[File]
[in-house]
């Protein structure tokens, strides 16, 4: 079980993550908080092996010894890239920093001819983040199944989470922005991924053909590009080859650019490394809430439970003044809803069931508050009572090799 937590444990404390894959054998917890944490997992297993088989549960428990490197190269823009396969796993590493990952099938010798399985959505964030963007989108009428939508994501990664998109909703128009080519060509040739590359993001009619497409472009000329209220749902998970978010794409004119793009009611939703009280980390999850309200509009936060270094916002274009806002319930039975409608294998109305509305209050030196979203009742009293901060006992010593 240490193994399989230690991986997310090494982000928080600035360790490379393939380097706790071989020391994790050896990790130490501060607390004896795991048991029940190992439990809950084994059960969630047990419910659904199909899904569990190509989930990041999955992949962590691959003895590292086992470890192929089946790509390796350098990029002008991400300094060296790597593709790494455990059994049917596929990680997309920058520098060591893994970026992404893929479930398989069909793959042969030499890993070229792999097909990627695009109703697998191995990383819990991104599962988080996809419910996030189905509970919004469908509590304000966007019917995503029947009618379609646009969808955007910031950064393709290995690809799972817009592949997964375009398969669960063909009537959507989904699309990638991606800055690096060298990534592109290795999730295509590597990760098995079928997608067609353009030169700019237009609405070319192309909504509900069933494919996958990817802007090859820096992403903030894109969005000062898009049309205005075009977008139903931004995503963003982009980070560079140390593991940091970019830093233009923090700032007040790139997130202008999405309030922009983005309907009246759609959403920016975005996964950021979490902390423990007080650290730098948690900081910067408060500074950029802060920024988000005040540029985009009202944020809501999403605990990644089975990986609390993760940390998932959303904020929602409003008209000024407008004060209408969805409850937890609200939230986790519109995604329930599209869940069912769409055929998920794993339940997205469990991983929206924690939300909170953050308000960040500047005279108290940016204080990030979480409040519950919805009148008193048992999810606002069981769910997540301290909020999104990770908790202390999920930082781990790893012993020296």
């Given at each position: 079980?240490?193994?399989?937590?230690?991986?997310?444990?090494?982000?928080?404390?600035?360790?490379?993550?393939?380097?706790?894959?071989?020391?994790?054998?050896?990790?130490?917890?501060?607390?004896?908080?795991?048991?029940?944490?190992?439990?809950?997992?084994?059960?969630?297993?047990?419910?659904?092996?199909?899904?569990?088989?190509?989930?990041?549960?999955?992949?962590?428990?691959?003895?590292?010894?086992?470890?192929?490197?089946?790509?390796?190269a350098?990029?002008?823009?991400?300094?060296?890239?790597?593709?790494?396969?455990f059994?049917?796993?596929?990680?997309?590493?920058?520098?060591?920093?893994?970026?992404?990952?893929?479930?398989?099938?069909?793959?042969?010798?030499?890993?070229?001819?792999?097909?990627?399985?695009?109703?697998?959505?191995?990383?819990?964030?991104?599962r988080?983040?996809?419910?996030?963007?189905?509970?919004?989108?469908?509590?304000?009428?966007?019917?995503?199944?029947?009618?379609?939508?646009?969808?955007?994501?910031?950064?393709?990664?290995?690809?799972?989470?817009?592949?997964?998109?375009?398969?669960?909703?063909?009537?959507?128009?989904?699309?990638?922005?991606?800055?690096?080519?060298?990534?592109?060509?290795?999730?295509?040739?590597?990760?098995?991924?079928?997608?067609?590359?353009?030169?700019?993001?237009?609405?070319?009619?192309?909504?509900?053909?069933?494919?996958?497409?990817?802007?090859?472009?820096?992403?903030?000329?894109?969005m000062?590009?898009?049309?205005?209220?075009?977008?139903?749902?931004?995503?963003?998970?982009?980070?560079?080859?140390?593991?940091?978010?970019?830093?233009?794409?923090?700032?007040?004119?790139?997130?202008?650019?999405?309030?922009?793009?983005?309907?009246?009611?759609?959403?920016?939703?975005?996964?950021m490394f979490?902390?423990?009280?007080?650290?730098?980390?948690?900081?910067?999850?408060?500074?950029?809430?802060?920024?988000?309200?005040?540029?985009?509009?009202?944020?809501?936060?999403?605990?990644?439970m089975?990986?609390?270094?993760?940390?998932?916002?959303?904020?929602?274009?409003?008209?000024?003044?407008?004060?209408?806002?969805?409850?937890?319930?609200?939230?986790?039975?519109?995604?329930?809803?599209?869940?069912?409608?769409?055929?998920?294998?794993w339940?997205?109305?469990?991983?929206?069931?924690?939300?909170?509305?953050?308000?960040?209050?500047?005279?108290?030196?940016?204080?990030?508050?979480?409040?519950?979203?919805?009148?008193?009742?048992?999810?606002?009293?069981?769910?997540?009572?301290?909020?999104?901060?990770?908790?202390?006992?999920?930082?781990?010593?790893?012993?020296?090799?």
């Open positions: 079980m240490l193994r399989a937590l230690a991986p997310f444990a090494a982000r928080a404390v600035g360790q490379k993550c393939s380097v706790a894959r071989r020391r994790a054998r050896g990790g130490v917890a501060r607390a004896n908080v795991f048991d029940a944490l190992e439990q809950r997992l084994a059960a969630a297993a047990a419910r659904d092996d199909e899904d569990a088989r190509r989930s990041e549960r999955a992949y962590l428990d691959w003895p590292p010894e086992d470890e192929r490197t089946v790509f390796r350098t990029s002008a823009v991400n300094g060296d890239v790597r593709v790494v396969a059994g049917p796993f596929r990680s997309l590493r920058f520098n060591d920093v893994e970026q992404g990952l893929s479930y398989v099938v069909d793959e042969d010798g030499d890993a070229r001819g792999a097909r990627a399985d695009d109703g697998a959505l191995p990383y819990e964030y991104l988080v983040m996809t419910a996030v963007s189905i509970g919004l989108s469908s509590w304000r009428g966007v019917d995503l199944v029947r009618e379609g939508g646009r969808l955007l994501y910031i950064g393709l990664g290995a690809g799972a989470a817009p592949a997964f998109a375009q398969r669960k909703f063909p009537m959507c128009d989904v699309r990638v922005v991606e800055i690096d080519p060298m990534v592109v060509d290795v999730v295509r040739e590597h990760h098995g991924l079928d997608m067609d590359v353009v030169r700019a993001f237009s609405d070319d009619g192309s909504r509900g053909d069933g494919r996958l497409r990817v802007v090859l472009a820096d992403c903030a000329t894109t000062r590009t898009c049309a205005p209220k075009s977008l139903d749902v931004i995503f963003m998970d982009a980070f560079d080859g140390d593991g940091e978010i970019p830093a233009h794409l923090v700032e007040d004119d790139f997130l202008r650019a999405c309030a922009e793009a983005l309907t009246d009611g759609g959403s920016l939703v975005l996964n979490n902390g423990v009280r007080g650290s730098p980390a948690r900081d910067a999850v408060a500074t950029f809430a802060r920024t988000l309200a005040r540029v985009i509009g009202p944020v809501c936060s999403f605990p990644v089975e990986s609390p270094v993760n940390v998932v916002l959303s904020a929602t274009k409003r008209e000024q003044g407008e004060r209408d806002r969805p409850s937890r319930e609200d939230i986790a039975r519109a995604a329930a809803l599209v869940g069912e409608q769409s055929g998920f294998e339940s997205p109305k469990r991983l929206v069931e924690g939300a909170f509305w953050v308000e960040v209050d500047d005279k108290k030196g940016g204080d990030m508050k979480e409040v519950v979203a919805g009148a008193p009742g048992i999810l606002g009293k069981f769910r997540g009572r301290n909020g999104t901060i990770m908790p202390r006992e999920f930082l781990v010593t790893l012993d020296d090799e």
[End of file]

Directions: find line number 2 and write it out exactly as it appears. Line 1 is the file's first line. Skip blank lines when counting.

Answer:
């Protein structure tokens, strides 16, 4: 079980993550908080092996010894890239920093001819983040199944989470922005991924053909590009080859650019490394809430439970003044809803069931508050009572090799 937590444990404390894959054998917890944490997992297993088989549960428990490197190269823009396969796993590493990952099938010798399985959505964030963007989108009428939508994501990664998109909703128009080519060509040739590359993001009619497409472009000329209220749902998970978010794409004119793009009611939703009280980390999850309200509009936060270094916002274009806002319930039975409608294998109305509305209050030196979203009742009293901060006992010593 240490193994399989230690991986997310090494982000928080600035360790490379393939380097706790071989020391994790050896990790130490501060607390004896795991048991029940190992439990809950084994059960969630047990419910659904199909899904569990190509989930990041999955992949962590691959003895590292086992470890192929089946790509390796350098990029002008991400300094060296790597593709790494455990059994049917596929990680997309920058520098060591893994970026992404893929479930398989069909793959042969030499890993070229792999097909990627695009109703697998191995990383819990991104599962988080996809419910996030189905509970919004469908509590304000966007019917995503029947009618379609646009969808955007910031950064393709290995690809799972817009592949997964375009398969669960063909009537959507989904699309990638991606800055690096060298990534592109290795999730295509590597990760098995079928997608067609353009030169700019237009609405070319192309909504509900069933494919996958990817802007090859820096992403903030894109969005000062898009049309205005075009977008139903931004995503963003982009980070560079140390593991940091970019830093233009923090700032007040790139997130202008999405309030922009983005309907009246759609959403920016975005996964950021979490902390423990007080650290730098948690900081910067408060500074950029802060920024988000005040540029985009009202944020809501999403605990990644089975990986609390993760940390998932959303904020929602409003008209000024407008004060209408969805409850937890609200939230986790519109995604329930599209869940069912769409055929998920794993339940997205469990991983929206924690939300909170953050308000960040500047005279108290940016204080990030979480409040519950919805009148008193048992999810606002069981769910997540301290909020999104990770908790202390999920930082781990790893012993020296």